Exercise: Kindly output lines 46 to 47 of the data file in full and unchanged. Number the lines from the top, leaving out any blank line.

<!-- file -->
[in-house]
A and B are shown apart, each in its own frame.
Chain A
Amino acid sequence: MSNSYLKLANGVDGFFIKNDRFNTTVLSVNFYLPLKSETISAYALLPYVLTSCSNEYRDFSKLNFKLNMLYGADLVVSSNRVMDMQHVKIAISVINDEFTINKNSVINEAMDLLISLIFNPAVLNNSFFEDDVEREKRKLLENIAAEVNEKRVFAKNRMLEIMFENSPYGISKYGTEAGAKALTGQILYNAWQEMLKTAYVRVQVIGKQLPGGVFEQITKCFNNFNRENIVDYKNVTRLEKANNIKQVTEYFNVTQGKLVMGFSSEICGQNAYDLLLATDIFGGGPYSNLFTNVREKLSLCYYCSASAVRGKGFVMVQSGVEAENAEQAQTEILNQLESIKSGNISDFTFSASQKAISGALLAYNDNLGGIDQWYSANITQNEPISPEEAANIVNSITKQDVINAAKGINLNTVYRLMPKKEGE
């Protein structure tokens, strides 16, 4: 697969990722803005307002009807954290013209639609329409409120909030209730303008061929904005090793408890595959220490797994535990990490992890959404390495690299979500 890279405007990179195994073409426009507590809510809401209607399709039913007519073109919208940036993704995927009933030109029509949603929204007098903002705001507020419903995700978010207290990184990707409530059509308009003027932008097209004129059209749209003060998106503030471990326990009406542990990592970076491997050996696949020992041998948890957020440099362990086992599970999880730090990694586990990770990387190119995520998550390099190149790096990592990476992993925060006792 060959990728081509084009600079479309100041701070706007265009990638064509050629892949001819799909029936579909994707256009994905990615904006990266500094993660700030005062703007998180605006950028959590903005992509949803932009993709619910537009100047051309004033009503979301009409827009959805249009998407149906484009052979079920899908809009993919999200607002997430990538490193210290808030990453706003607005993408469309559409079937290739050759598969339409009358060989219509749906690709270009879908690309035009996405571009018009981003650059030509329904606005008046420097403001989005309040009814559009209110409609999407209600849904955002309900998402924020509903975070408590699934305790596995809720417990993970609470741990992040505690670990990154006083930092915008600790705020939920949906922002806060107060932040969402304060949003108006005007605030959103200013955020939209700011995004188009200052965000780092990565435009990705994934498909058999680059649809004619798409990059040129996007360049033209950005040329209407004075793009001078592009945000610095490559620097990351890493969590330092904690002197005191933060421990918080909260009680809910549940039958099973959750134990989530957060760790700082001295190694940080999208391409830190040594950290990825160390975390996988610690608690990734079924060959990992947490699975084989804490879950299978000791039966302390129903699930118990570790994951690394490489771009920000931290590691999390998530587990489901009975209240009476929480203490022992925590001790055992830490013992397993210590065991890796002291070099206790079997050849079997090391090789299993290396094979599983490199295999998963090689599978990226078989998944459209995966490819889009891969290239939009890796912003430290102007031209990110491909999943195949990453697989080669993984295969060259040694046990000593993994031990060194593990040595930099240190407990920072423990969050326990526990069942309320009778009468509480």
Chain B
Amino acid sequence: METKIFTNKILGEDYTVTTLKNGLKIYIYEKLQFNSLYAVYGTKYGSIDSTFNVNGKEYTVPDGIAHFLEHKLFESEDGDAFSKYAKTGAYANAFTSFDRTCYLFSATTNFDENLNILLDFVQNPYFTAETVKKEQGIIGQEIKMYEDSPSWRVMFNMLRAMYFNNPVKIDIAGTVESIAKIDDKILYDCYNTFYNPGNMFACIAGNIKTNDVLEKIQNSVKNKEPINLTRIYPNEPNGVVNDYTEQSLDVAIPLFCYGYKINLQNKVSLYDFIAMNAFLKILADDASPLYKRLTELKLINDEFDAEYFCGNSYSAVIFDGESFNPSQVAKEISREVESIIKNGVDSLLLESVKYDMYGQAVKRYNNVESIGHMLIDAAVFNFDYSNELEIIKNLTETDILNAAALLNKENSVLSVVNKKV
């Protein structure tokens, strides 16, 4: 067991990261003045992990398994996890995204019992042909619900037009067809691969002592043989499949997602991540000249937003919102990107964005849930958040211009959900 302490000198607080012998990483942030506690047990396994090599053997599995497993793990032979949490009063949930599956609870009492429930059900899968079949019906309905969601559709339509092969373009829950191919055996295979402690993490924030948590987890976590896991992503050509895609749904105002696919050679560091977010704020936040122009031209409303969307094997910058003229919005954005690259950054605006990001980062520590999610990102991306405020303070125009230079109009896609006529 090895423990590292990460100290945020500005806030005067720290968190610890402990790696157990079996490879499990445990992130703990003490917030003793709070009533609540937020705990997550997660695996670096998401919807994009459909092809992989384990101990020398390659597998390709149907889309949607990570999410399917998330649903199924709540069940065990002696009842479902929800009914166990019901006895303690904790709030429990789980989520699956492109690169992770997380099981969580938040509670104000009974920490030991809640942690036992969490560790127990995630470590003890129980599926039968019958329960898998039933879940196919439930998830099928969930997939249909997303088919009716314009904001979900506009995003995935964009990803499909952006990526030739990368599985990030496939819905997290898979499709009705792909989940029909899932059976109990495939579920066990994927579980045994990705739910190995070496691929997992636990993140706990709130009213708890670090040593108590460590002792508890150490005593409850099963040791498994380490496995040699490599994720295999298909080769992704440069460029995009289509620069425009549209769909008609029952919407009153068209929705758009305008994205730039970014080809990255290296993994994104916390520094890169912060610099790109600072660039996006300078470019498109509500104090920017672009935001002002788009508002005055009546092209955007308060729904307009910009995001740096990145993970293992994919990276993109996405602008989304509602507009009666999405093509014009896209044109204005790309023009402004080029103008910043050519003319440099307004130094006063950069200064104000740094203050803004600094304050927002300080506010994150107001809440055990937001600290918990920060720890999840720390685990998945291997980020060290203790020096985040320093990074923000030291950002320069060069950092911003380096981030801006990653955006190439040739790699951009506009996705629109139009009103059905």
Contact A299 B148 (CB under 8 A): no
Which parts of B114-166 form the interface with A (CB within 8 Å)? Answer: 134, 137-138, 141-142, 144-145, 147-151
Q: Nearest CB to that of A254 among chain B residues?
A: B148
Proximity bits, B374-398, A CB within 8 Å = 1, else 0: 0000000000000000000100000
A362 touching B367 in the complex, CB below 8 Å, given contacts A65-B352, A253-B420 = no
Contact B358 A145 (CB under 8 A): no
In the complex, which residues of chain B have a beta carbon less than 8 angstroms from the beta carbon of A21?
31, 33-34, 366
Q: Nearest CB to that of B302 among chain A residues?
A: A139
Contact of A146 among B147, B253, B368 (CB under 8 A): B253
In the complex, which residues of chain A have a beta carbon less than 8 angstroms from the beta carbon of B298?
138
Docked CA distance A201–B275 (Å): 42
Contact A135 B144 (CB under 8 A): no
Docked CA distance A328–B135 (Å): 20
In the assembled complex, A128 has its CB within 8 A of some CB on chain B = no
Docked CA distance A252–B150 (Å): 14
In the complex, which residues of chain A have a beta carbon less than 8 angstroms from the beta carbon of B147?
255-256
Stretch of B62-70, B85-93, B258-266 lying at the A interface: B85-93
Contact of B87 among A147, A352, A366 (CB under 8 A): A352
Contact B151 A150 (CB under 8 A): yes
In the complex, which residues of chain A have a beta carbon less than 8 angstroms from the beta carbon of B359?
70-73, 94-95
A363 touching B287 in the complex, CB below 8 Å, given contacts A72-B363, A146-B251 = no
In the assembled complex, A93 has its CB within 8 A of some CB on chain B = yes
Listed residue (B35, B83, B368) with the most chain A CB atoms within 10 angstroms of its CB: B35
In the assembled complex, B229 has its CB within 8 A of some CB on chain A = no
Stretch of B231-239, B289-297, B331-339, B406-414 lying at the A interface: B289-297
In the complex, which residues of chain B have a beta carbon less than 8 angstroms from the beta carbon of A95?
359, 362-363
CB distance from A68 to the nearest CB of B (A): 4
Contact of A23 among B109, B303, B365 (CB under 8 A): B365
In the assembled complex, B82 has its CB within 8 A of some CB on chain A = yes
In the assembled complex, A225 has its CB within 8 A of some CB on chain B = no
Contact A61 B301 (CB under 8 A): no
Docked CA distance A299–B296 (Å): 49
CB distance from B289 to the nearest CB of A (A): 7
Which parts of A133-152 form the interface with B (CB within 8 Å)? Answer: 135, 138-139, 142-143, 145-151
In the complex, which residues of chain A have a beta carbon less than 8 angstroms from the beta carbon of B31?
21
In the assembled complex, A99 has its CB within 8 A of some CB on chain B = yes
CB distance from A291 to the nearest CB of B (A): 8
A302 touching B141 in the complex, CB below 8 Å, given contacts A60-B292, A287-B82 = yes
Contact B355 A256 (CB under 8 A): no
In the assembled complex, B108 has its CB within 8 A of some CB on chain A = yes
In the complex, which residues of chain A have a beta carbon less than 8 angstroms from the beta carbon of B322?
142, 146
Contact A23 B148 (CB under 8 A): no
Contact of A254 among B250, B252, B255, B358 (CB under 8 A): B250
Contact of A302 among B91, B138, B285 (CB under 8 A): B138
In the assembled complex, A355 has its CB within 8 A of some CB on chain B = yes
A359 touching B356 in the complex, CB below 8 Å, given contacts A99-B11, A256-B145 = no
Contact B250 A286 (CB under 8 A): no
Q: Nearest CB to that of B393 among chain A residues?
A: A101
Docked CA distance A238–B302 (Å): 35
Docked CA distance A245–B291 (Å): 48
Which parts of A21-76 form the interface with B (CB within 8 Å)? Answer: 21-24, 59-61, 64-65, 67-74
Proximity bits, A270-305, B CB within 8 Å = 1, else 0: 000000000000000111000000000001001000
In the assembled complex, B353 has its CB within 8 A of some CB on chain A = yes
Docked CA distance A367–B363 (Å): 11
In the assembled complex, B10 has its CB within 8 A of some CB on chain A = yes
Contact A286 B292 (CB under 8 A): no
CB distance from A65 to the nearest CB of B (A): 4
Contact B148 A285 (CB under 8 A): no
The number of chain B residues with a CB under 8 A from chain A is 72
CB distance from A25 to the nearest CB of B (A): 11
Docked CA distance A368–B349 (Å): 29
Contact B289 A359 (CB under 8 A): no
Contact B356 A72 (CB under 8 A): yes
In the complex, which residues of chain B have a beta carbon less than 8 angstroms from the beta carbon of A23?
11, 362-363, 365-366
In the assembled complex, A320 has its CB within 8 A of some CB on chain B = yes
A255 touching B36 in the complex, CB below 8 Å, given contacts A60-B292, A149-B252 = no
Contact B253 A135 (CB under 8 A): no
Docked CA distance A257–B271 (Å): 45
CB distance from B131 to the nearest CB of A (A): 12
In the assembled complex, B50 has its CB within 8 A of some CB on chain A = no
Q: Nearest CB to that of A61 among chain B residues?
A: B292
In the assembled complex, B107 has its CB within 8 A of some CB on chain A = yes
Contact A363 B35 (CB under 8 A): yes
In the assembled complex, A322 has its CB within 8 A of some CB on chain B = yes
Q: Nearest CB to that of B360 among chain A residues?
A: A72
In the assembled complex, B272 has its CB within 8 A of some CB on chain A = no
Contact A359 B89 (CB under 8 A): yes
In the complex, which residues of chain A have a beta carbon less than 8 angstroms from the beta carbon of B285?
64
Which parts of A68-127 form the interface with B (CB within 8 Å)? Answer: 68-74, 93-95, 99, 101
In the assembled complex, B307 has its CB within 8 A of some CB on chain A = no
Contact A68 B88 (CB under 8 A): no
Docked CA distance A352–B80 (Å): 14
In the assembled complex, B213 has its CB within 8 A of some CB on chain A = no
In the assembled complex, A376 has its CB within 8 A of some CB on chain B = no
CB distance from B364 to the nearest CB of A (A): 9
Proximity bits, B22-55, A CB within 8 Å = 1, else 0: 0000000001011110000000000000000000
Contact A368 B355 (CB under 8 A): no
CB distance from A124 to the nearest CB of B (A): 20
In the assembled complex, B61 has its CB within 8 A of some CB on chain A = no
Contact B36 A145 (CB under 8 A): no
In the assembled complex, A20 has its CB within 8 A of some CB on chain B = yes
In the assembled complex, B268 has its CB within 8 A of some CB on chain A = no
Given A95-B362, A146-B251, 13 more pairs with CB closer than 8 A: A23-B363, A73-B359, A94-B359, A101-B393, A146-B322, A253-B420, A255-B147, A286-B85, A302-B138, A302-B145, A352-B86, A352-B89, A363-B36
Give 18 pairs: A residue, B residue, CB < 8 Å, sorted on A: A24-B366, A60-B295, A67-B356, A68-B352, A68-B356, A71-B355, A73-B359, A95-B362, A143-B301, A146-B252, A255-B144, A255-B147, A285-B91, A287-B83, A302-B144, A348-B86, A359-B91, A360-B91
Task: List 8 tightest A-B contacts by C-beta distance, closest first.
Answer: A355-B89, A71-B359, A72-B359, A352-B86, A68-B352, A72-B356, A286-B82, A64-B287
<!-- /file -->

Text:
Contact A61 B301 (CB under 8 A): no
Docked CA distance A299–B296 (Å): 49